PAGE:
ROWS of 107 empty seats lined Diamond Park near a busy Murray Bridge intersection on Tuesday, May 17.
They were not set up in preparation for an event or a celebration; rather empty to portray a powerful image; each chair represented a life lost on our roads in the region during the past 10 years.
The display of empty seats was designed to evoke a visual representation of what is missing; 107 lives lost on our roads, 107 families without loved ones.
The RAA - in support for the annual National Road Safety Week initiative from May 16-22 - took to regional South Australia this week to help spread the message of the importance of paying attention on our roads.
RAA Traffic Engineer Matthew Vertudaches said the number of lives lost on South Australia's regional roads increased to 71 last year - up from 64 in 2020 - despite the best efforts of road safety advocates, and the RAA was out in the regions to help spread a safety message.
"For me its a touching ... the number of seats represents the 107 lives lost in 10 years just within the region ... a number on a page doesn't do it justice, you can get a bit desensitized to statistics ... it reinforces the message we are pretty vulnerable as human beings," he said.
The RAA reports the number of people seriously injured on regional roads also grew significantly from 310 to 343 in the same period, leaving many with life changing physical and mental trauma.
RAA Senior Manager Infrastructure and Road Safety Charles Mountain said the display highlighted the tragic extent of lives lost across the state in the past decade.
"RAA hopes these symbols will make people reflect on the physical as well as emotional toll of road trauma on victims, their friends and families and the broader community,'' he said.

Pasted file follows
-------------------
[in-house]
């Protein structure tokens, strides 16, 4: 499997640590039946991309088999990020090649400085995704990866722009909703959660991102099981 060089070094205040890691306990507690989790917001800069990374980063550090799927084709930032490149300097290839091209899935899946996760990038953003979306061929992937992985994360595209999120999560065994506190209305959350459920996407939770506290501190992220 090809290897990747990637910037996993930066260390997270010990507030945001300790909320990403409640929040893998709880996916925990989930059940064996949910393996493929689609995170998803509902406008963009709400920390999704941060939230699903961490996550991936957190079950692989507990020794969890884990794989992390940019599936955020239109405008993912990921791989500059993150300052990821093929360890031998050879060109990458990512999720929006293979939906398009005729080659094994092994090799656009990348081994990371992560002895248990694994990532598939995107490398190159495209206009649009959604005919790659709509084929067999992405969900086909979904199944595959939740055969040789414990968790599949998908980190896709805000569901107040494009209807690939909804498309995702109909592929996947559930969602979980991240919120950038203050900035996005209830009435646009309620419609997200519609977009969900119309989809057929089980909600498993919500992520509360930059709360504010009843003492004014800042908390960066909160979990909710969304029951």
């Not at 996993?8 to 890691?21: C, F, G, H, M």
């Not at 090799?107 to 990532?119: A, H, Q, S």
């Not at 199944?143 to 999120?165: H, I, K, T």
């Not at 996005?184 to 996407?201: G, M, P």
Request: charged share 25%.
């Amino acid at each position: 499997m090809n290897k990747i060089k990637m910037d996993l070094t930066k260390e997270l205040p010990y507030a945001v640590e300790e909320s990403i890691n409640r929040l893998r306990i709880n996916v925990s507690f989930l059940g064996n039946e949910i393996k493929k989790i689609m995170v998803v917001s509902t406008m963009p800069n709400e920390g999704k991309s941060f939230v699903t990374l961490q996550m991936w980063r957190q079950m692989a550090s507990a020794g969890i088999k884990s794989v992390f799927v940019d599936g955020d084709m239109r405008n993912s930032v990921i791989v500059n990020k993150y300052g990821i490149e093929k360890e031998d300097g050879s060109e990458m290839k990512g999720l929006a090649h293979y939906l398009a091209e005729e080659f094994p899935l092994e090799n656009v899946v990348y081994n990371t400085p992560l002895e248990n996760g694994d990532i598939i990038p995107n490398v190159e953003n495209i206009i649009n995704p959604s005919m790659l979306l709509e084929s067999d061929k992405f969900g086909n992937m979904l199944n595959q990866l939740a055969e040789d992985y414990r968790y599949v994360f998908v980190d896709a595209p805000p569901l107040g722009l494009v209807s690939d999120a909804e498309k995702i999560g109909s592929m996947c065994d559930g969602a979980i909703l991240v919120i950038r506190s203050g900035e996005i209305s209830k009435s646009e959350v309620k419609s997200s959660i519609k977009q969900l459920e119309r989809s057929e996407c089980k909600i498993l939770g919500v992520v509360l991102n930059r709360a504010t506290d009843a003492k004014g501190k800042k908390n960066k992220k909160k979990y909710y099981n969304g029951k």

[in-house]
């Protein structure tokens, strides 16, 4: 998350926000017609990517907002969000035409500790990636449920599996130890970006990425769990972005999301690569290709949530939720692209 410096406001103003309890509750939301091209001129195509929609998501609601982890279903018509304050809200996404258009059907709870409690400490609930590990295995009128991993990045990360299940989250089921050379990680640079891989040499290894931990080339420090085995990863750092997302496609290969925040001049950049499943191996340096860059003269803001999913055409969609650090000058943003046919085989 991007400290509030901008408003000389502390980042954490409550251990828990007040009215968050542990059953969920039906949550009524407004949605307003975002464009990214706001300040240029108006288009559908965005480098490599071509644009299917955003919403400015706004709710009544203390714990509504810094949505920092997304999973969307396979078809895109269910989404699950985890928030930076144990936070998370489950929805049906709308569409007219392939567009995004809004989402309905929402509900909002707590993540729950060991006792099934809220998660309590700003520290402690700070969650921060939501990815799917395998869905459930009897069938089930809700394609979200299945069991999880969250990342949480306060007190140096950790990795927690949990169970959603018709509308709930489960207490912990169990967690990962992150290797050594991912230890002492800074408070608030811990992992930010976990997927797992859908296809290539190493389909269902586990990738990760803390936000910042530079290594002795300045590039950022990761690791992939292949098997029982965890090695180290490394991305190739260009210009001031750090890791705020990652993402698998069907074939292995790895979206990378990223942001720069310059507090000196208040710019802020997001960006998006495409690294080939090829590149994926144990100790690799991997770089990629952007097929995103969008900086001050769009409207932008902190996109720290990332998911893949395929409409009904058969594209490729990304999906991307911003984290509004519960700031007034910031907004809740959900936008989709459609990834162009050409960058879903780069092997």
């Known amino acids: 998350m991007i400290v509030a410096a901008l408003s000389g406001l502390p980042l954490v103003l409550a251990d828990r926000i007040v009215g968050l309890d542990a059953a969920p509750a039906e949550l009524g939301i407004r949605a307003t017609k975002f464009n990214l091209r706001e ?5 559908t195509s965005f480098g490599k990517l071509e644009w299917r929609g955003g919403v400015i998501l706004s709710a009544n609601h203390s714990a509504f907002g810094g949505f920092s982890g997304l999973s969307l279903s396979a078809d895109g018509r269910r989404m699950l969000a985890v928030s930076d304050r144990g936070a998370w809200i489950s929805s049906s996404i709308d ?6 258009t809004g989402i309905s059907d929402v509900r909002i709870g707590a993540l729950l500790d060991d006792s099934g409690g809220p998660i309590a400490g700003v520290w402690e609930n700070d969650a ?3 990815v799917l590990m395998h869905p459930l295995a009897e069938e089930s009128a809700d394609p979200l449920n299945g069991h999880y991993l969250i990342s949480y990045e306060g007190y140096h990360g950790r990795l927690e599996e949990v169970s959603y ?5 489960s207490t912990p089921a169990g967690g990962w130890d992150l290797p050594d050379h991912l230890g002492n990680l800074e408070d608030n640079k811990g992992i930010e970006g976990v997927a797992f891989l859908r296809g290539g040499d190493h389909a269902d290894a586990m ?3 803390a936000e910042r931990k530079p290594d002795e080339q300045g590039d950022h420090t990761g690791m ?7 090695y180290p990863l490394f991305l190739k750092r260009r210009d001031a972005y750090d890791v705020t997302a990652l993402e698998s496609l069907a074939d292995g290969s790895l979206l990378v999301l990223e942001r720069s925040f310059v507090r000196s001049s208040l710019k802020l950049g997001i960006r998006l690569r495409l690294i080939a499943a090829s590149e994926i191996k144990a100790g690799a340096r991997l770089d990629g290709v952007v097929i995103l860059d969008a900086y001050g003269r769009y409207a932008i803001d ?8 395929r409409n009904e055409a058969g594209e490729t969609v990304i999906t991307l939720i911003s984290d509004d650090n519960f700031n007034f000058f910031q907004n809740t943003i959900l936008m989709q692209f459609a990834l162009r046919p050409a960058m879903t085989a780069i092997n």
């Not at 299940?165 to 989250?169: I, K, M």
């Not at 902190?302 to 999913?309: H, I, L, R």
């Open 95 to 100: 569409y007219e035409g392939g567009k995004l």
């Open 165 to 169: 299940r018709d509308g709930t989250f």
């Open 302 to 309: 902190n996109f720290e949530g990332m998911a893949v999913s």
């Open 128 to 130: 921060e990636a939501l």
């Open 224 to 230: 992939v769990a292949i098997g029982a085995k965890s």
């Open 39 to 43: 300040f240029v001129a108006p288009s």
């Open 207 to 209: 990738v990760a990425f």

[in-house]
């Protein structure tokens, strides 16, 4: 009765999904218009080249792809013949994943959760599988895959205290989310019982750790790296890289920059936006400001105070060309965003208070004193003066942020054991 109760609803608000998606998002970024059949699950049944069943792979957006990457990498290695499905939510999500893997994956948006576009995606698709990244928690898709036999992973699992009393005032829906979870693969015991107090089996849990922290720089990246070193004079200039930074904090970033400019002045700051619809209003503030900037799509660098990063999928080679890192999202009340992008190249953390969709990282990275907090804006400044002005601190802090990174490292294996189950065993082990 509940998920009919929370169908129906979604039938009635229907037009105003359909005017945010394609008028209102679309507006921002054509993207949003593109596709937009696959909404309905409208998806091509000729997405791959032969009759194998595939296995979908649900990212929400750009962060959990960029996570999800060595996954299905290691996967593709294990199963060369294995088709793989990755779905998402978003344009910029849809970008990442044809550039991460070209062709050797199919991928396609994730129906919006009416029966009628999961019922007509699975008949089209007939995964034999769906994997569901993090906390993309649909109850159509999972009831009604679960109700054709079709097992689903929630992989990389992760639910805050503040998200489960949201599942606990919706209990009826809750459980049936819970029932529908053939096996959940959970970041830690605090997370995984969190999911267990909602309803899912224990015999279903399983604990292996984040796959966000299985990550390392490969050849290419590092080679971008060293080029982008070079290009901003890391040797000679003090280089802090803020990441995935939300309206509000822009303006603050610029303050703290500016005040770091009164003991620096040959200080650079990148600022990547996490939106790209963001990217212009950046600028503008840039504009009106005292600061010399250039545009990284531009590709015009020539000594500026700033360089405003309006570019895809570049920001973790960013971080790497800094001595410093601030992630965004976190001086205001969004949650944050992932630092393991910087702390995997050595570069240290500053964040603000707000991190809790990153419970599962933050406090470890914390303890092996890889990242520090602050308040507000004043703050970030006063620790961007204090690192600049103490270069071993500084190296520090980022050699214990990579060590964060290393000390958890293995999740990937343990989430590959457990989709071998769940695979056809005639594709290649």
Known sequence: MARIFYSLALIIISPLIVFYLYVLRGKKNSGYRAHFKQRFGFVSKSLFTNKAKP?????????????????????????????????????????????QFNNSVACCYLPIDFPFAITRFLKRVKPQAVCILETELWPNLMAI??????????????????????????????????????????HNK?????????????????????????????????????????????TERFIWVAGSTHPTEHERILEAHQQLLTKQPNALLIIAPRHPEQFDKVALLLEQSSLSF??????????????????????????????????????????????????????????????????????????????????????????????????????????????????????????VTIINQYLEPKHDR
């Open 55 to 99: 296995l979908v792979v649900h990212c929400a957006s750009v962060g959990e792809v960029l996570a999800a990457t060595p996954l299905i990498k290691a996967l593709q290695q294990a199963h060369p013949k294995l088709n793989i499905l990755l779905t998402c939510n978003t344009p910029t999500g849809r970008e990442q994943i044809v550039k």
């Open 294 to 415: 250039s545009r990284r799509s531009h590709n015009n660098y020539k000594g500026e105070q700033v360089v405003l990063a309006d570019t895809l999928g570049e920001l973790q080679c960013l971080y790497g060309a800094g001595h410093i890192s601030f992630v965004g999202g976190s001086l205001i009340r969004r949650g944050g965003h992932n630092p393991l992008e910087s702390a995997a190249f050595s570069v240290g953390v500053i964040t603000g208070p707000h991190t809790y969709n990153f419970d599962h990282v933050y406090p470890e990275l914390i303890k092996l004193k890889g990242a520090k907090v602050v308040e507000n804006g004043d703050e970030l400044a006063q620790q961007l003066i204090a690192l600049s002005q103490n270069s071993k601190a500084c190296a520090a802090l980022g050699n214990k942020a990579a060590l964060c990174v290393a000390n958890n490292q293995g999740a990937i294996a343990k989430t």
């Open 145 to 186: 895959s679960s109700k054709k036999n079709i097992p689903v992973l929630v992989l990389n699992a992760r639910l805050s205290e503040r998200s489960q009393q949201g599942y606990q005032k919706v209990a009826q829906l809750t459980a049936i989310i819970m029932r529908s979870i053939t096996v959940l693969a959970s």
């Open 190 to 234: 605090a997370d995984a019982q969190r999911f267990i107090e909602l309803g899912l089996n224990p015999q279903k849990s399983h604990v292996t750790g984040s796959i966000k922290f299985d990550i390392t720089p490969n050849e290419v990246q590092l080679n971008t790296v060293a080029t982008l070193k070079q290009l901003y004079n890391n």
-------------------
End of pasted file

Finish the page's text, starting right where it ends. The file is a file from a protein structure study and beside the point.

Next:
"Sadly, SA Police figures show people living in regional and remote areas are over-represented in lives lost, which is one of the reasons why this year we are focusing on vulnerable road users.''
Mr Mountain said almost two-thirds (638) of total fatalities occurred on regional roads in the past decade occurred on regional roads.
National Road Safety Week is an annual initiative created by the Safer Australian Roads and Highways (SARAH) Group to honour those who have lost their lives or have been injured on Australia's roads.
SA Police traffic services branch officer in charge superintendent Bob Gray said of all fatal collisions in South Australia, 75 per cent happened on regional roads.
"Unfortunately, there is a misconception among some drivers that these deaths account for metropolitan drivers or 'tourists','' he said.
"In fact, two out of three drivers who die on regional roads live within 20 kilometres of the crash site.
"SAPOL has recently produced an advertising campaign focussing on the vulnerability of regional drivers and the catastrophic consequences of inattention, drink and drug driving, speeding, and driving when fatigued.
"Nobody is immune to the dangers of driving on regional roads and road safety is everyone's responsibility."
Below is a table showing the number of lives lost in each regional SA Police Local Service Area in the past decade:
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